(NOTE: Some of the techniques shown or described on this page--marked in purple--require new features in the latest official PIKT 1.19.0 release (pikt-current.tar.gz) that are unavailable in any previous version.)
piktd is the PIKT job scheduler. On client systems, it periodically runs processes according to schedules specified in the piktmaster's alerts.cfg file. Here are the piktd command options:
Usage: piktd [-GhTVz] -G run in debug mode -h show program help -T run in test mode -V show version info -z run in 'make check' modepiktd, running in -G debuG mode, always outputs error and other messages to the file =piktdir/var/log/piktd.log.
The -h option shows program help (shown above).
The -T option runs piktd in test mode. 'piktd -T' logs pikt commands at the specified times in piktd.conf but doesn't actually exec them.
The -V option will output version information, e.g., "PIKT piktd version 1.19.0".
The -z option runs piktd in 'make check' mode. You ordinarily wouldn't do this outside the installation 'make check'.
piktd executes in response to a piktc -r, a manual startup, or a system reboot (if you have so configured the system startup files).
When piktd launches, it creates a lock file in the =piktdir/etc directory, and removes that file upon completion. The lock file mechanism is to prevent concurrent piktd program runs. In cases of abnormal piktd termination, it will be necessary to manually remove the lock file.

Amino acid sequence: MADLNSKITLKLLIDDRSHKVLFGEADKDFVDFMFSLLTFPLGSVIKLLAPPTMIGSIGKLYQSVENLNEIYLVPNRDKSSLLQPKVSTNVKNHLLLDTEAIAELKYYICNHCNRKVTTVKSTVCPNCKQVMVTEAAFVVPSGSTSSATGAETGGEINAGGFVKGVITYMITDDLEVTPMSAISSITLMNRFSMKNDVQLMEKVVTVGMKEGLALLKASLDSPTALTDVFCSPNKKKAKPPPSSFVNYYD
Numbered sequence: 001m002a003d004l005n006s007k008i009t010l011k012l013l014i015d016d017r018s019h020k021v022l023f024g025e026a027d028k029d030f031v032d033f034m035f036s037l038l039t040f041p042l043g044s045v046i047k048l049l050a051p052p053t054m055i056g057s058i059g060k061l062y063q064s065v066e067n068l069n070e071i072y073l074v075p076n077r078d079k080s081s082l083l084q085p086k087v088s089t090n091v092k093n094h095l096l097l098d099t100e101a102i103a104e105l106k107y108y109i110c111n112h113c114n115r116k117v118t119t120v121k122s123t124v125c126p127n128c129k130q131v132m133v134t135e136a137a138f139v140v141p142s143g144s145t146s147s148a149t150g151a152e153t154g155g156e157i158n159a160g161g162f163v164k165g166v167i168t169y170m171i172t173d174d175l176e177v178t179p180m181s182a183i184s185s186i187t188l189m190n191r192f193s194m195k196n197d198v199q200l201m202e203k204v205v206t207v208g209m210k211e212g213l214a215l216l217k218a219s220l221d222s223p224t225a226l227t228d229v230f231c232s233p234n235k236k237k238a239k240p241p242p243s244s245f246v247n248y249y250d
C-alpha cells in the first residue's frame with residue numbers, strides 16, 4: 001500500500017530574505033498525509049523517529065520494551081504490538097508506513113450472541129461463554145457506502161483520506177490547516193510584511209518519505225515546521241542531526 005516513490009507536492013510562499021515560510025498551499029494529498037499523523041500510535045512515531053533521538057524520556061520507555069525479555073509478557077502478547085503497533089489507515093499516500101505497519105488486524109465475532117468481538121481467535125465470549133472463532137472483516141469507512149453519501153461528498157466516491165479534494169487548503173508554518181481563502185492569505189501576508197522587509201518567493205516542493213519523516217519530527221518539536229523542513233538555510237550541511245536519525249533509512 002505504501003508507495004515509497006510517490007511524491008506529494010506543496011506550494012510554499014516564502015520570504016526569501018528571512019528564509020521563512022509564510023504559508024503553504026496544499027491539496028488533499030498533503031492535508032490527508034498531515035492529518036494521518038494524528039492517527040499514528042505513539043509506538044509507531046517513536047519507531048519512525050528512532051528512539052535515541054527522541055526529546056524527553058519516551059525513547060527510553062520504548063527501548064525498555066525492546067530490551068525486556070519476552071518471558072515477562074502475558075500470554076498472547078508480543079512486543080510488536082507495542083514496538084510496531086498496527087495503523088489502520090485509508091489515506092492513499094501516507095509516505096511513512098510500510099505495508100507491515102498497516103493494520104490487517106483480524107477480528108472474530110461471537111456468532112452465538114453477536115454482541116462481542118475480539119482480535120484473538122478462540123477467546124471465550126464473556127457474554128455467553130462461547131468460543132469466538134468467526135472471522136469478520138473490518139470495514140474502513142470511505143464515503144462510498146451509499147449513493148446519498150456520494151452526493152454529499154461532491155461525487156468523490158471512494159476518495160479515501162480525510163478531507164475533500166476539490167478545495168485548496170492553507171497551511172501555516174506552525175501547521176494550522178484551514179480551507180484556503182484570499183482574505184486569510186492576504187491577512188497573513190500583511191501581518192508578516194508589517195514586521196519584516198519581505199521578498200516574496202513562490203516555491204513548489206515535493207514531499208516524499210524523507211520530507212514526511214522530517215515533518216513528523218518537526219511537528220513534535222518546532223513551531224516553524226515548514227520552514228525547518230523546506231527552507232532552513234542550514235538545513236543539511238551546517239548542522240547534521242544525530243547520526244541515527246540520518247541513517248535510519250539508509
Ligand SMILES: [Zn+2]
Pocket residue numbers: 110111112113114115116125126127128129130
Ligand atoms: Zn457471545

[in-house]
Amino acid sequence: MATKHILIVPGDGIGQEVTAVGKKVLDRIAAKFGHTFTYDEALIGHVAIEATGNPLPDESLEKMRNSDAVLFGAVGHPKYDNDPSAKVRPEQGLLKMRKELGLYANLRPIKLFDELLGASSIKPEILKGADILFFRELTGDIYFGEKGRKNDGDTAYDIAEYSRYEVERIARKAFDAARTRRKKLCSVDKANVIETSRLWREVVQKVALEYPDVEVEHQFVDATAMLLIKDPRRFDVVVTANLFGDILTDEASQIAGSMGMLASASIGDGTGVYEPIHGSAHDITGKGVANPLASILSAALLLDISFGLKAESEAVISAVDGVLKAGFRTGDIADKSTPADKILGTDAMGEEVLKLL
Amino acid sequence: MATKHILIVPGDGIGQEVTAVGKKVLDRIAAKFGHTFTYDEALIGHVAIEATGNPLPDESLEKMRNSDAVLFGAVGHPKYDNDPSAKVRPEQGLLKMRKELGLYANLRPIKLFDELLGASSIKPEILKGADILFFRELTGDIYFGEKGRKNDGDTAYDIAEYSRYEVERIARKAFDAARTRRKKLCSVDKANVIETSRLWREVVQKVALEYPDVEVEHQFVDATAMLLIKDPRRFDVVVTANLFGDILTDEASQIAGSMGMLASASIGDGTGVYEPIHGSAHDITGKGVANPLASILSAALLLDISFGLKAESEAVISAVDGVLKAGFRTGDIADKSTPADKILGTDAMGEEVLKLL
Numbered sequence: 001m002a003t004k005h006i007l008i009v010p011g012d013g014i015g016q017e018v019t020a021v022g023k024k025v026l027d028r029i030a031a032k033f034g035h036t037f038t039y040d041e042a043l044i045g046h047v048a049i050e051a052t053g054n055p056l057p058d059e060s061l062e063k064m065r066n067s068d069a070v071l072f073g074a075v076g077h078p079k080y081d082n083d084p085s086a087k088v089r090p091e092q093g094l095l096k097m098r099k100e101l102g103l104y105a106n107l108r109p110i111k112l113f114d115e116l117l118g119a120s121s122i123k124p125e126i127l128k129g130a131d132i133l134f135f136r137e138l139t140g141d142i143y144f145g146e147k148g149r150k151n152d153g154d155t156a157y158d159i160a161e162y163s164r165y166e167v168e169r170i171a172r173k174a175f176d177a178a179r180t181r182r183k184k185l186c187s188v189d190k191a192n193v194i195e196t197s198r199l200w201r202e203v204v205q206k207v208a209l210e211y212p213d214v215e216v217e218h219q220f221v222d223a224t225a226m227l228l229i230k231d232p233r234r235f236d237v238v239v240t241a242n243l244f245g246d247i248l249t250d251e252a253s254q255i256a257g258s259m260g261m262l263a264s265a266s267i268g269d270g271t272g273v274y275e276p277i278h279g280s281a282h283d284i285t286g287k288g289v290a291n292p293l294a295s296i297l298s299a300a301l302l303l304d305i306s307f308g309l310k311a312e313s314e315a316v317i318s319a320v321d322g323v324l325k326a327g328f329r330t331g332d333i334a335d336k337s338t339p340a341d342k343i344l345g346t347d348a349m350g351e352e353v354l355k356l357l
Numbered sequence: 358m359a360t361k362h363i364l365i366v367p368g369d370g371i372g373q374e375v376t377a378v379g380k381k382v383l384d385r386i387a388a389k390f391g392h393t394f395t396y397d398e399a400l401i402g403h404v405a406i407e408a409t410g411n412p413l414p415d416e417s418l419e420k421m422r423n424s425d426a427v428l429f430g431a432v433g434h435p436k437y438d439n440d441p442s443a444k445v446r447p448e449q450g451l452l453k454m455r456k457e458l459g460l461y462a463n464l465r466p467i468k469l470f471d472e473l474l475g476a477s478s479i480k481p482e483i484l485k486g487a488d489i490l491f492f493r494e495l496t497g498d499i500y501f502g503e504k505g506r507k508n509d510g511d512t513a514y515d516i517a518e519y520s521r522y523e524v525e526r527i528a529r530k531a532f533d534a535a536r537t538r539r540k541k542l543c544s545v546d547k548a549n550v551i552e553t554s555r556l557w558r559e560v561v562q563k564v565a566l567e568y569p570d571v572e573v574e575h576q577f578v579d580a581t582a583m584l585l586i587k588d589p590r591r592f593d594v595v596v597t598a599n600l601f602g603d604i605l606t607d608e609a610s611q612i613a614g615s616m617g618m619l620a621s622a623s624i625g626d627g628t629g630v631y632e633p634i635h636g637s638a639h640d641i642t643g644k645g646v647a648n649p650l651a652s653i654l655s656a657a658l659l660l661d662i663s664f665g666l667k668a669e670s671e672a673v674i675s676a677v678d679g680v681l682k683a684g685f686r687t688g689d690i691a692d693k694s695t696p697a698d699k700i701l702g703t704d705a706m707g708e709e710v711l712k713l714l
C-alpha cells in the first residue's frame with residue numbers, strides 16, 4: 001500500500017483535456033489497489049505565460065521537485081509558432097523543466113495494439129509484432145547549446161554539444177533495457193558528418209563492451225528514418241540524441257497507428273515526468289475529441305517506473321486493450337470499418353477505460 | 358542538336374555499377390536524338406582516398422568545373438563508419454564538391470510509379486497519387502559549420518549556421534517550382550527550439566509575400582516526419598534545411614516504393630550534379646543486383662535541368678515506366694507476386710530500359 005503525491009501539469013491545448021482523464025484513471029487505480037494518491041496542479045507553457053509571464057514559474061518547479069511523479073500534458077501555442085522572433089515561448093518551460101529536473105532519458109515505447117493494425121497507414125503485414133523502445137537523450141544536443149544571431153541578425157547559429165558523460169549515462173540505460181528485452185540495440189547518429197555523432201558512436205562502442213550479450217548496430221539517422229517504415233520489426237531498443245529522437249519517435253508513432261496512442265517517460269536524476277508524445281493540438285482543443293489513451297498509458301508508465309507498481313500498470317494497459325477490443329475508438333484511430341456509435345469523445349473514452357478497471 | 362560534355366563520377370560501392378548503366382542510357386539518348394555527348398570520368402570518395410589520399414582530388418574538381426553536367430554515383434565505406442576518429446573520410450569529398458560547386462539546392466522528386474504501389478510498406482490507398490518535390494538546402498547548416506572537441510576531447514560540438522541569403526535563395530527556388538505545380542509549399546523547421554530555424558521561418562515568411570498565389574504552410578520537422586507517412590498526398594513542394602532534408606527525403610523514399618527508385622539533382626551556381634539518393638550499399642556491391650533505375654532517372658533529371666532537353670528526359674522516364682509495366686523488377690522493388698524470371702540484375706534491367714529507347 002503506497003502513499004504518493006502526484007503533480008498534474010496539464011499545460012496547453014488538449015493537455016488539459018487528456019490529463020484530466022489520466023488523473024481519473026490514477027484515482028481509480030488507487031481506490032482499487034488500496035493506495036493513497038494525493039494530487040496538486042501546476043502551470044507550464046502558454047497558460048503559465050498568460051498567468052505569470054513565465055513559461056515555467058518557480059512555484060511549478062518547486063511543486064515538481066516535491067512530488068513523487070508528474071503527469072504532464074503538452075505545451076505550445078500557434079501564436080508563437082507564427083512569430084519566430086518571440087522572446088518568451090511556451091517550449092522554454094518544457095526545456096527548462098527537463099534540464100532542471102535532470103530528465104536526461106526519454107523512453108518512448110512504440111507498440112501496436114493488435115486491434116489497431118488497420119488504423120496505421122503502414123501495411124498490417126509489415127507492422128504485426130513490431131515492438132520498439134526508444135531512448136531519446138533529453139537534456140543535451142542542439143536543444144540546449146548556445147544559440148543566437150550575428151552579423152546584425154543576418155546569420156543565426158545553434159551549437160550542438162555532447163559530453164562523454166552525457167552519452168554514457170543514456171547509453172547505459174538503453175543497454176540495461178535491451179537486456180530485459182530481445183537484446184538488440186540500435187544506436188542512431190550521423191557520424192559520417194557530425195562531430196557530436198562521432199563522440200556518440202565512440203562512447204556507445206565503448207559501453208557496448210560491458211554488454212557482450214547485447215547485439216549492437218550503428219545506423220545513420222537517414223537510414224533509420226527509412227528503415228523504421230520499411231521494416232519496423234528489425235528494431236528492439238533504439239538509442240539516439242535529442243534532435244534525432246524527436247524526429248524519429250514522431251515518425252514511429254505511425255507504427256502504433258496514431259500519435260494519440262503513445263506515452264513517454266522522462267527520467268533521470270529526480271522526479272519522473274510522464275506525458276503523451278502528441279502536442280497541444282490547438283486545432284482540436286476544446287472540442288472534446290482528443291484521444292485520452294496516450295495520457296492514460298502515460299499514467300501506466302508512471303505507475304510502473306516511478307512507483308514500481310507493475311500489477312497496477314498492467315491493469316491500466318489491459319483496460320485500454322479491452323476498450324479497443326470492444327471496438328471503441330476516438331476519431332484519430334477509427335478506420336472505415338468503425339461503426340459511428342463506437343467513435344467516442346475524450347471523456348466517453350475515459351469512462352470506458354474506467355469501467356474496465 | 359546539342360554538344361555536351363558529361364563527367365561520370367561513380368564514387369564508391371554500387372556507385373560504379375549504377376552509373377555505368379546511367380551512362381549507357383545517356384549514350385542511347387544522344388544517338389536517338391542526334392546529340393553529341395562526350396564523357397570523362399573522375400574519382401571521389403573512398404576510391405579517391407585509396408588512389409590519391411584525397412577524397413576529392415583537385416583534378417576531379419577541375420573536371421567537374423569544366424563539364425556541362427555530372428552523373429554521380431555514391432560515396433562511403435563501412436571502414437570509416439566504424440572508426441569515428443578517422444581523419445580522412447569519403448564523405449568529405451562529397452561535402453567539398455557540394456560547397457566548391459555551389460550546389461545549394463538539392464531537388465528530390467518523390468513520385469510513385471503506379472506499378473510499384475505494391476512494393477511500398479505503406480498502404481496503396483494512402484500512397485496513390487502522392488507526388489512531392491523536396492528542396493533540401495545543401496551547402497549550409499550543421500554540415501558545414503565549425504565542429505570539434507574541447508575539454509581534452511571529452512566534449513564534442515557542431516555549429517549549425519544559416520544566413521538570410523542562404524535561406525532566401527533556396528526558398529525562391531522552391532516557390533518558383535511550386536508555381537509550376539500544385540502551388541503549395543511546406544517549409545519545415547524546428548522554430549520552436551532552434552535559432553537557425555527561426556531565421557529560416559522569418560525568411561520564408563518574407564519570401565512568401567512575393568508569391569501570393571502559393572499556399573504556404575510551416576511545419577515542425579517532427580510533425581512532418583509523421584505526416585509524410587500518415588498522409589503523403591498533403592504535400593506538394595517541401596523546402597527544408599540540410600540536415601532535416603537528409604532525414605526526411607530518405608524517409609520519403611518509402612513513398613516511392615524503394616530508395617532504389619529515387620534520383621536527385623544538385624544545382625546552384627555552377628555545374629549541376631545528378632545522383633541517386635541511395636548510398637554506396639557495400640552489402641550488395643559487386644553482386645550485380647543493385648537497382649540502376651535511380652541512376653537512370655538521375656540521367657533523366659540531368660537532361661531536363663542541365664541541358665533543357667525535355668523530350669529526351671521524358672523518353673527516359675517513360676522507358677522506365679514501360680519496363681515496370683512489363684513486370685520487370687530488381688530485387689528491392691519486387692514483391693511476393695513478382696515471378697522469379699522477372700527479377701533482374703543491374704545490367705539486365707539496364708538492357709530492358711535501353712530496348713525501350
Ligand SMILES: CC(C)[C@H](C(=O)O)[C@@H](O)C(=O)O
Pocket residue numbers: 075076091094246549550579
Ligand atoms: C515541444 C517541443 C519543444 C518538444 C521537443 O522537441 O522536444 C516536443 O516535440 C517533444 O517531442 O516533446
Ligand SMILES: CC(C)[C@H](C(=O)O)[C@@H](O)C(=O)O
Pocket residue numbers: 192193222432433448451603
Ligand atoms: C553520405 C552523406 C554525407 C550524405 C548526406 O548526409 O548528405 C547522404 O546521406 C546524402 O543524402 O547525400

When piktd starts, it reads the =piktdir/etc/piktd.conf file to find out what alerts are scheduled to run and when, also what mail and print commands are tied to each alert. After reading piktd.conf, piktd writes the file =piktdir/etc/alerts, a simple listing of active alerts. piktc_svc refers to this file when responding to piktc -s requests.
The piktd daemon runs much like cron does. piktd wakes up every minute to check what alerts, if any, are scheduled to run that minute. If an alert is due to run, piktd forks itself, then the child piktd summons the pikt interpreter to run the appropriate scripts. When pikt is finished, the child piktd dies. Meanwhile, the parent piktd goes on to consider other alerts, then sleeps until the next minute comes around. The parent piktd only dies when killed manually, via a piktc -k or -r, through a system reboot, when it encounters an unrecoverable problem (these are logged automatically), else through a simple program crash (due to a bug, for example).
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